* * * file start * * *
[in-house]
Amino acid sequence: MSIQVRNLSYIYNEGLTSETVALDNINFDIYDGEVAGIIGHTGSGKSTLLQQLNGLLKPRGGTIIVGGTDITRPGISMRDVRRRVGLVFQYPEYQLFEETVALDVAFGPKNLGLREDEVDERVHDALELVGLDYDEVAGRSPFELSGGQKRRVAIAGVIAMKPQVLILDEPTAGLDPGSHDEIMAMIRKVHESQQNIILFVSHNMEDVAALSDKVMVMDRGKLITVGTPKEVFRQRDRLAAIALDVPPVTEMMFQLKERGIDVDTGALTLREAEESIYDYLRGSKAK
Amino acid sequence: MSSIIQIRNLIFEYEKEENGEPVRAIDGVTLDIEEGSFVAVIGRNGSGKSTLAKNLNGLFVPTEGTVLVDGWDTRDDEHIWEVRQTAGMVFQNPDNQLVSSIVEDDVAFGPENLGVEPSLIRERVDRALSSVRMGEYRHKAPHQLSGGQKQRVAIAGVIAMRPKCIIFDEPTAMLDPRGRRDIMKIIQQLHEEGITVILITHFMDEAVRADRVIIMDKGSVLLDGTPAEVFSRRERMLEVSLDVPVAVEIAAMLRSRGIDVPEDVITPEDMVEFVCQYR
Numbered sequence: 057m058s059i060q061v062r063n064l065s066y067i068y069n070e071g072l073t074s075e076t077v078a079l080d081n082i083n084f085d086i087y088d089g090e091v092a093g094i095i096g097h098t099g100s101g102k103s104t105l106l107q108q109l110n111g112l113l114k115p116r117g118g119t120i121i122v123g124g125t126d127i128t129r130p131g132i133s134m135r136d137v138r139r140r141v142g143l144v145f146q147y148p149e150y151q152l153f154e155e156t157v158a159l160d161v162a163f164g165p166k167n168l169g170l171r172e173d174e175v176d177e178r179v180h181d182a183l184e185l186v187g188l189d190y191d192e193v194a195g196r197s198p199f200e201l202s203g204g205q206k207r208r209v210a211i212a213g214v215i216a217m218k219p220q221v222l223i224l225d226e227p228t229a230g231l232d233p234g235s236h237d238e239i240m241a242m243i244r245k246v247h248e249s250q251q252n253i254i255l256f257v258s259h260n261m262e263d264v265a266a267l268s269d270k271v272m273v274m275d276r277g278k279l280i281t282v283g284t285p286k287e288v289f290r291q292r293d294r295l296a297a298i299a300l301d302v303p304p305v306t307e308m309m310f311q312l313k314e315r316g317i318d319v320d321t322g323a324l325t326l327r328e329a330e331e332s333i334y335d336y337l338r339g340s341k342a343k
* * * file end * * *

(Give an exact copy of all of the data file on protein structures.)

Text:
[in-house]
Amino acid sequence: MSIQVRNLSYIYNEGLTSETVALDNINFDIYDGEVAGIIGHTGSGKSTLLQQLNGLLKPRGGTIIVGGTDITRPGISMRDVRRRVGLVFQYPEYQLFEETVALDVAFGPKNLGLREDEVDERVHDALELVGLDYDEVAGRSPFELSGGQKRRVAIAGVIAMKPQVLILDEPTAGLDPGSHDEIMAMIRKVHESQQNIILFVSHNMEDVAALSDKVMVMDRGKLITVGTPKEVFRQRDRLAAIALDVPPVTEMMFQLKERGIDVDTGALTLREAEESIYDYLRGSKAK
Amino acid sequence: MSSIIQIRNLIFEYEKEENGEPVRAIDGVTLDIEEGSFVAVIGRNGSGKSTLAKNLNGLFVPTEGTVLVDGWDTRDDEHIWEVRQTAGMVFQNPDNQLVSSIVEDDVAFGPENLGVEPSLIRERVDRALSSVRMGEYRHKAPHQLSGGQKQRVAIAGVIAMRPKCIIFDEPTAMLDPRGRRDIMKIIQQLHEEGITVILITHFMDEAVRADRVIIMDKGSVLLDGTPAEVFSRRERMLEVSLDVPVAVEIAAMLRSRGIDVPEDVITPEDMVEFVCQYR
Numbered sequence: 057m058s059i060q061v062r063n064l065s066y067i068y069n070e071g072l073t074s075e076t077v078a079l080d081n082i083n084f085d086i087y088d089g090e091v092a093g094i095i096g097h098t099g100s101g102k103s104t105l106l107q108q109l110n111g112l113l114k115p116r117g118g119t120i121i122v123g124g125t126d127i128t129r130p131g132i133s134m135r136d137v138r139r140r141v142g143l144v145f146q147y148p149e150y151q152l153f154e155e156t157v158a159l160d161v162a163f164g165p166k167n168l169g170l171r172e173d174e175v176d177e178r179v180h181d182a183l184e185l186v187g188l189d190y191d192e193v194a195g196r197s198p199f200e201l202s203g204g205q206k207r208r209v210a211i212a213g214v215i216a217m218k219p220q221v222l223i224l225d226e227p228t229a230g231l232d233p234g235s236h237d238e239i240m241a242m243i244r245k246v247h248e249s250q251q252n253i254i255l256f257v258s259h260n261m262e263d264v265a266a267l268s269d270k271v272m273v274m275d276r277g278k279l280i281t282v283g284t285p286k287e288v289f290r291q292r293d294r295l296a297a298i299a300l301d302v303p304p305v306t307e308m309m310f311q312l313k314e315r316g317i318d319v320d321t322g323a324l325t326l327r328e329a330e331e332s333i334y335d336y337l338r339g340s341k342a343k